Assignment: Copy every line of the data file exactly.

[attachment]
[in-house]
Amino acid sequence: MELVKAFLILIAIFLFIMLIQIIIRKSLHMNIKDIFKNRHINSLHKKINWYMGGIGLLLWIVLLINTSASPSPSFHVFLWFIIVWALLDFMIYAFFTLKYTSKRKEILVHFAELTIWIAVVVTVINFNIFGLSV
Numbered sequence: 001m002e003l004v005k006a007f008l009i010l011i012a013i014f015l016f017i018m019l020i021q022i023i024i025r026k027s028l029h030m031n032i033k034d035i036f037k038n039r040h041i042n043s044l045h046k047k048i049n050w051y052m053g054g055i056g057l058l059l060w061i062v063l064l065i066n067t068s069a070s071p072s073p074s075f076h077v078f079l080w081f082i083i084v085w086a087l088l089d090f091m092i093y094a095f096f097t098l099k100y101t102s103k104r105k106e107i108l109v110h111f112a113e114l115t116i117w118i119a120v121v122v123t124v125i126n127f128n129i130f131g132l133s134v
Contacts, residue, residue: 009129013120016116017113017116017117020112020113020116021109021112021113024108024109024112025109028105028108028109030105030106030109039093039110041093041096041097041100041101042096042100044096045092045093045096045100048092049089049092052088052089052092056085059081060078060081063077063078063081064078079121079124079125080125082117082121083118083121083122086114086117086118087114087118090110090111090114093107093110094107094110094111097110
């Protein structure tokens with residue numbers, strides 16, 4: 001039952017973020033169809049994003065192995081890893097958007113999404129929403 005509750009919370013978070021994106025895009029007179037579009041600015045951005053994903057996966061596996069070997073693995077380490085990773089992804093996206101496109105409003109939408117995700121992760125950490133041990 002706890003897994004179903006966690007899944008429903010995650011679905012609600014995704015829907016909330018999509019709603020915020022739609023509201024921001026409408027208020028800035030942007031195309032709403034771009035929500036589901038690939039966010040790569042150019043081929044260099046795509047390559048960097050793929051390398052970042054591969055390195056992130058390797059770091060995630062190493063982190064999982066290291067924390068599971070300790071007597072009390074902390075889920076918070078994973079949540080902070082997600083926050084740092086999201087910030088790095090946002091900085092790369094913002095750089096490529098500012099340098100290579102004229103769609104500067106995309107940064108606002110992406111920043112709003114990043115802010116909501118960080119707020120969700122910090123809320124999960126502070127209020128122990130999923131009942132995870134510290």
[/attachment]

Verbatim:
[in-house]
Amino acid sequence: MELVKAFLILIAIFLFIMLIQIIIRKSLHMNIKDIFKNRHINSLHKKINWYMGGIGLLLWIVLLINTSASPSPSFHVFLWFIIVWALLDFMIYAFFTLKYTSKRKEILVHFAELTIWIAVVVTVINFNIFGLSV
Numbered sequence: 001m002e003l004v005k006a007f008l009i010l011i012a013i014f015l016f017i018m019l020i021q022i023i024i025r026k027s028l029h030m031n032i033k034d035i036f037k038n039r040h041i042n043s044l045h046k047k048i049n050w051y052m053g054g055i056g057l058l059l060w061i062v063l064l065i066n067t068s069a070s071p072s073p074s075f076h077v078f079l080w081f082i083i084v085w086a087l088l089d090f091m092i093y094a095f096f097t098l099k100y101t102s103k104r105k106e107i108l109v110h111f112a113e114l115t116i117w118i119a120v121v122v123t124v125i126n127f128n129i130f131g132l133s134v
Contacts, residue, residue: 009129013120016116017113017116017117020112020113020116021109021112021113024108024109024112025109028105028108028109030105030106030109039093039110041093041096041097041100041101042096042100044096045092045093045096045100048092049089049092052088052089052092056085059081060078060081063077063078063081064078079121079124079125080125082117082121083118083121083122086114086117086118087114087118090110090111090114093107093110094107094110094111097110
């Protein structure tokens with residue numbers, strides 16, 4: 001039952017973020033169809049994003065192995081890893097958007113999404129929403 005509750009919370013978070021994106025895009029007179037579009041600015045951005053994903057996966061596996069070997073693995077380490085990773089992804093996206101496109105409003109939408117995700121992760125950490133041990 002706890003897994004179903006966690007899944008429903010995650011679905012609600014995704015829907016909330018999509019709603020915020022739609023509201024921001026409408027208020028800035030942007031195309032709403034771009035929500036589901038690939039966010040790569042150019043081929044260099046795509047390559048960097050793929051390398052970042054591969055390195056992130058390797059770091060995630062190493063982190064999982066290291067924390068599971070300790071007597072009390074902390075889920076918070078994973079949540080902070082997600083926050084740092086999201087910030088790095090946002091900085092790369094913002095750089096490529098500012099340098100290579102004229103769609104500067106995309107940064108606002110992406111920043112709003114990043115802010116909501118960080119707020120969700122910090123809320124999960126502070127209020128122990130999923131009942132995870134510290």